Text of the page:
December 6, 2019 Forthcoming
Reference - 248 Pages - 17 B/W Illustrations
ISBN 9781138337480 - CAT# K393829
Series: Routledge Studies in Religion and Politics
SAVE ~$29.99 on each
Is religion a factor in initiating interstate armed conflict, and do different religions have different effects? Breaking new ground in political science, this book explores these questions both qualitatively and quantitively, concluding that the answer is yes.
Previous studies have focused on conflict within states or interstate aggression with overtly religious motivations; in contrast, Brown shows how religion affects states’ propensities to militarise even disputes that are not religious in nature. Different religions are shown to have different influences on those propensities, and those influences are linked to the war ethics inculcated in those religions. The book analyses and classifies war ethics contained in religious scripture and other religious classics, teachings of religions’ contemporary epistemic communities, and religions’ historical narratives. Using data from the new Religious Characteristics of States dataset project, qualitative studies are combined with empirical measurements of governments’ institutional preferences and populations’ cultures.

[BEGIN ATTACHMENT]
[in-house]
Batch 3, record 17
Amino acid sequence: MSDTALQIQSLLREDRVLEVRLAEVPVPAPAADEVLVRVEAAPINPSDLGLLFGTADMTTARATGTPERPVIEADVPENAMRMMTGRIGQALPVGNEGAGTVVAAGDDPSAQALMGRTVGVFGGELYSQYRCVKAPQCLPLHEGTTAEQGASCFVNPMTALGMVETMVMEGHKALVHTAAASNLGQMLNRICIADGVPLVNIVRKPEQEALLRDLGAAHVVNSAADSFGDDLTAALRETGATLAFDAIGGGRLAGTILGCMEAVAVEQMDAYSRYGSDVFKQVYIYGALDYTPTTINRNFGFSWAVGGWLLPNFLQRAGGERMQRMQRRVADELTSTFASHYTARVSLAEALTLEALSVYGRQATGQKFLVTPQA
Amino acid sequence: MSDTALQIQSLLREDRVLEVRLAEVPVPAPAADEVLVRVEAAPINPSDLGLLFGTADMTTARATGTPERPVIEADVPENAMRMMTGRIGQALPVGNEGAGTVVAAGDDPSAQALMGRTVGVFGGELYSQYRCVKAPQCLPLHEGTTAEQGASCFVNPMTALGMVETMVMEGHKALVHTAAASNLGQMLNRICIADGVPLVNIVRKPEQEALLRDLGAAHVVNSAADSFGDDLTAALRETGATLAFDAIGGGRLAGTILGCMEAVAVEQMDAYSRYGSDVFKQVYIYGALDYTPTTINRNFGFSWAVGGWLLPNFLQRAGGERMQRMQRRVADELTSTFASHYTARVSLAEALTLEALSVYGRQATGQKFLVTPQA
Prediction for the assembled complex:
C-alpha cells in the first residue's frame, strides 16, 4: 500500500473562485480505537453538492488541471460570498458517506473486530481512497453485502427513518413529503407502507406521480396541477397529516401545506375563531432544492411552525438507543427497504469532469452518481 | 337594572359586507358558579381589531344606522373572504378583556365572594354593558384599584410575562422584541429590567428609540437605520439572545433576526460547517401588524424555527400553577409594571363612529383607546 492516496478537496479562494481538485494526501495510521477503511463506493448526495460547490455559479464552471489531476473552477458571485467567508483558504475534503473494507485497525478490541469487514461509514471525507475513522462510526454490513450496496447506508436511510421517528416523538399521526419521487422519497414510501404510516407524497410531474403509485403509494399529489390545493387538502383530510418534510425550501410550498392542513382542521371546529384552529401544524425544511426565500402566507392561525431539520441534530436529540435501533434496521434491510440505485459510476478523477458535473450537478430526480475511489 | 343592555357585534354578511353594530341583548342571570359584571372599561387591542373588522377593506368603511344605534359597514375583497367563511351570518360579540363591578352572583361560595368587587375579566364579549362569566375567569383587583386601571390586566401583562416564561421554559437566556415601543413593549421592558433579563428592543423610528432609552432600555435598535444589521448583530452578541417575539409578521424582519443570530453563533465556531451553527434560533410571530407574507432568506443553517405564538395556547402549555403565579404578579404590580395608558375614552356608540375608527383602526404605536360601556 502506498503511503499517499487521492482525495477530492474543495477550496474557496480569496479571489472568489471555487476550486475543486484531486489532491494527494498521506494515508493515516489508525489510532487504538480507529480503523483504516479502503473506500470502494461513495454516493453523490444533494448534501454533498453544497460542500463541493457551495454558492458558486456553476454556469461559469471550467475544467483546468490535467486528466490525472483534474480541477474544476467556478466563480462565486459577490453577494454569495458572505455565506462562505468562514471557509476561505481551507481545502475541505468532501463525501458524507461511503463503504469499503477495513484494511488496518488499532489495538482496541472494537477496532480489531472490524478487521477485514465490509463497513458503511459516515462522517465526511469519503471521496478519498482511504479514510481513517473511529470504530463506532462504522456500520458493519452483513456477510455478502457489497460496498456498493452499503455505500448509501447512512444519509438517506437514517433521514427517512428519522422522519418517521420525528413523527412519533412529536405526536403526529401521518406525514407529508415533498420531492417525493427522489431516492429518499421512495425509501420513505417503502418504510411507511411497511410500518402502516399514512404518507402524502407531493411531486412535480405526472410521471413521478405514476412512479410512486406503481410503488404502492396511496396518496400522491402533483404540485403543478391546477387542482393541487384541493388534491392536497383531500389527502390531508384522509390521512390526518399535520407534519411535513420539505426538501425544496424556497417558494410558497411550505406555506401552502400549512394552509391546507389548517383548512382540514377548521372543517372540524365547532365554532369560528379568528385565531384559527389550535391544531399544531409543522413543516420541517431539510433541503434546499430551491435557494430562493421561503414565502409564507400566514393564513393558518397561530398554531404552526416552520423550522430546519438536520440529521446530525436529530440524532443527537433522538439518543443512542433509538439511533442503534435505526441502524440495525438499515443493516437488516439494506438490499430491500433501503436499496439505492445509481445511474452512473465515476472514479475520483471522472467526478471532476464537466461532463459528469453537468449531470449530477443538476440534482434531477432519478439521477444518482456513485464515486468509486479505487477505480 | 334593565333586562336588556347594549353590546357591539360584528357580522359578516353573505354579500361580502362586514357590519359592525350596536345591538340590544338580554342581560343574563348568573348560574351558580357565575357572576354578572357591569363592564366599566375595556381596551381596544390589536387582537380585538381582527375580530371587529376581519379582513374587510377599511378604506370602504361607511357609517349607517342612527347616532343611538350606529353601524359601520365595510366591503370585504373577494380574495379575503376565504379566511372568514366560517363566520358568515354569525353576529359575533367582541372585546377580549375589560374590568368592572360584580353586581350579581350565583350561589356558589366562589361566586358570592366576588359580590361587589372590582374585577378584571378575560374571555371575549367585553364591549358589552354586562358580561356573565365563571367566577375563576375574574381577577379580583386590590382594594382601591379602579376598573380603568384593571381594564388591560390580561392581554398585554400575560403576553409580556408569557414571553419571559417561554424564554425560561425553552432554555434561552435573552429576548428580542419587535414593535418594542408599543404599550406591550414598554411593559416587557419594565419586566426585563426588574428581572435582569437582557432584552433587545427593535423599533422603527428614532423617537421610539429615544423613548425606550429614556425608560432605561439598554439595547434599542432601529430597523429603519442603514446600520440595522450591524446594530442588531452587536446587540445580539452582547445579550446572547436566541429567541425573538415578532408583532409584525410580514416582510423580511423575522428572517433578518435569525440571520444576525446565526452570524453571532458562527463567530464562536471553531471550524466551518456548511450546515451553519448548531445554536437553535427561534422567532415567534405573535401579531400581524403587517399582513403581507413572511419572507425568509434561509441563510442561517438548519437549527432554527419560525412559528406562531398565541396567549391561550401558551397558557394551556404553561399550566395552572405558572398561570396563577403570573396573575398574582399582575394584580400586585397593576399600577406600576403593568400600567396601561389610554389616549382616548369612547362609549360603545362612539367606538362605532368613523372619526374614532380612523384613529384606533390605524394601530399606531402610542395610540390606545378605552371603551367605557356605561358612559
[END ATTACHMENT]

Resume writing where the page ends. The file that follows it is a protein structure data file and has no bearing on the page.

This book will provide interesting insights to scholars and researchers in international security studies, political science, international law, sociology, and religious studies.
Chapter 1: Introduction
Chapter 2: How Religious War Ethics Translate to State Action
Chapter 3: Research Design, Independent Variable, and Preliminary Results
Chapter 4: The Restrictive War Ethic in Christianity
Chapter 5: The Permissive War Ethic in Islam
Chapter 6: The Bi-Modal War Ethic in Buddhism
Chapter 7: Conclusion